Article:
The goals of our Phase 1 research program at MSKCC are to: 1) identify promising new therapeutic agents;2) preclinical study of these agents to better understand the mechanism of action of these agents;3) extension of preclinical data into rational patient-oriented clinical trials through dose-finding (Phase I) single agent or combination trials;and 4) identification of innovative approaches to Phase 1 study conduct using novel biostatistical, pharmacokinetic, and pharmacodynamic approaches. A close collaboration between laboratory and clinical scientists are required to accomplish these goals. We will focus on projects as illustrative of the lab-to-clinic translational research at MSKCC: (1) Hsp90 is an abundant cellular chaperone that is required for refolding of unfolded proteins and we have demonstrated that inhibition of Hsp90 induces the rapid degradation of HER2 and loss of its expression on the membrane. We took advantage of this unique property of Hsp90 inhibitors and developed a novel non-invasive method for imaging loss of HER2 expression in the tumors. This molecular imaging approach will provide a platform for in vivo testing of HspQO inhibitors in patients;(2) Cytotoxic chemotherapy continues to be the mainstay of treatment for many cancers. Since most conventional anti-cancer agents impart damage to the genome and therefore also activate cell cycle checkpoints, pharmacological disruption of collateral checkpoint pathways might create 'synthetic lethality'selectively in tumors and represent a significant therapeutic opportunity;the basic understanding of the targets and sequence of treatment is necessary for our clinical study design;(3) Epidermal growth factor tyrosine kinase inhibitors (EGFR TKIS) such as gefitinib and erlotinib have changed how we treat non-small lung cancers. Certain EGFR kinase domain mutations underlie dramatic sensitivity to EGFR TKIS but we have shown that acquired resistance to EGFR TKIS invariably occurs and is often associated with the T790M resistance mutation of EGFR and represents a significant problem for patients with lung cancer. Further understanding of the mechanisms underlying this process will facilitate ways to both to both overcome and suppress the development of acquired resistance. These projects focus our effort on building strong bench-to-bedside and back-to-bench research. This iterative research approach to develop novel targeted therapy is critical to our success in the fight against cancer.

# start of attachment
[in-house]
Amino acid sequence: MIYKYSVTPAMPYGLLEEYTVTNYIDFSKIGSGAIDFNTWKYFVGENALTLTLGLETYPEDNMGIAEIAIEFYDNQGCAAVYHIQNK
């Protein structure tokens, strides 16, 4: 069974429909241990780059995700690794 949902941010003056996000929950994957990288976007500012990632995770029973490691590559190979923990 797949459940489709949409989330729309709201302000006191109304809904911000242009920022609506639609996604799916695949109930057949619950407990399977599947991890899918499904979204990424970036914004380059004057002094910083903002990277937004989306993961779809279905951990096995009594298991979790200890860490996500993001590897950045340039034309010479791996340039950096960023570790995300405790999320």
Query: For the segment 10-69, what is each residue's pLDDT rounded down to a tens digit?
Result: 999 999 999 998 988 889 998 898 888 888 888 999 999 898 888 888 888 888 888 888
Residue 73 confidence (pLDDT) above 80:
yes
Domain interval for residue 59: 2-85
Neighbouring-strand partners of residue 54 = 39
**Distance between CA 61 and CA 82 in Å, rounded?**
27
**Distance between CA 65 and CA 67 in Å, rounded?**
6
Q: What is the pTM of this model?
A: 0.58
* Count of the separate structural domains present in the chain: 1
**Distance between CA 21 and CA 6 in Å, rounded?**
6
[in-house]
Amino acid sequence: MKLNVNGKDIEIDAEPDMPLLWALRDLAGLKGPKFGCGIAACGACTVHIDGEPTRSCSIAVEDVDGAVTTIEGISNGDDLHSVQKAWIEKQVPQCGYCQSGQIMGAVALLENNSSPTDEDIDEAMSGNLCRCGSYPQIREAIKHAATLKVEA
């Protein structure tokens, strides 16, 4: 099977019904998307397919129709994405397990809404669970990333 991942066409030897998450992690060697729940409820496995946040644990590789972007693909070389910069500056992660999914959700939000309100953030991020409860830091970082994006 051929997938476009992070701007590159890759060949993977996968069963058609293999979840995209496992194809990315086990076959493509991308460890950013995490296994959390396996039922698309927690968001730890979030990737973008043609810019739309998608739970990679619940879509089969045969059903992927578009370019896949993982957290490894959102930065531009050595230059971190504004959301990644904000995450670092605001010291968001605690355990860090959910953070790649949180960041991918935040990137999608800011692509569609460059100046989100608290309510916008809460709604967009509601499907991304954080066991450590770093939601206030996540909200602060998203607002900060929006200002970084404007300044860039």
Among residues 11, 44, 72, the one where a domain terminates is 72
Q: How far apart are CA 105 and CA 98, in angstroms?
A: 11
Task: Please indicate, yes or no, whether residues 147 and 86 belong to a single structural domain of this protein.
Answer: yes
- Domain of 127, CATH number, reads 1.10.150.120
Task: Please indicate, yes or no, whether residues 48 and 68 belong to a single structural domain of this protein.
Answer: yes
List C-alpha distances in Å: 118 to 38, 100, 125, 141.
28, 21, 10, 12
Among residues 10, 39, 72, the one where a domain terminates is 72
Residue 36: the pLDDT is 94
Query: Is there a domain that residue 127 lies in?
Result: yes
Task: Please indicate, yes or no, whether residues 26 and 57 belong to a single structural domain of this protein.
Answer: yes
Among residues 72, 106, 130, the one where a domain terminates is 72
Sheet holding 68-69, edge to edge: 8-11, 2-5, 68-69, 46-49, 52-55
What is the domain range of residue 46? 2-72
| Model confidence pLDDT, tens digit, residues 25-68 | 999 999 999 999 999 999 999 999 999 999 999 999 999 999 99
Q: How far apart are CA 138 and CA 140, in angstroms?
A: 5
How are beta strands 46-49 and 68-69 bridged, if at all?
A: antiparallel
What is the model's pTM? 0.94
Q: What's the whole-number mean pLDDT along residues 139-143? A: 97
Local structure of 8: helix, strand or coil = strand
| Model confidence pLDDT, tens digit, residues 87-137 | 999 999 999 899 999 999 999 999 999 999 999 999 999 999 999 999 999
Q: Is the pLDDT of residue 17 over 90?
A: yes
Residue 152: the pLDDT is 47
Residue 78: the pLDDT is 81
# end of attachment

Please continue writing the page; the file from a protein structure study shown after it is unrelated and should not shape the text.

Agency
National Institute of Health (NIH)
Institute
National Cancer Institute (NCI)
Type
Research Project--Cooperative Agreements (U01)
Project #
3U01CA069856-18S1
Application #
8628943
Study Section
Special Emphasis Panel (ZCA1-SRRB-K (O1))
Program Officer
Ivy, S Percy
Project Start
1995-05-16
Project End
2014-02-28
Budget Start
2013-03-01
Budget End
2014-02-28
Support Year
18
Fiscal Year
2013
Total Cost
$228,694
Indirect Cost
$99,342
Name
Sloan-Kettering Institute for Cancer Research
Department
Type
DUNS #
064931884
City
New York
State
NY
Country
United States
Zip Code
10065
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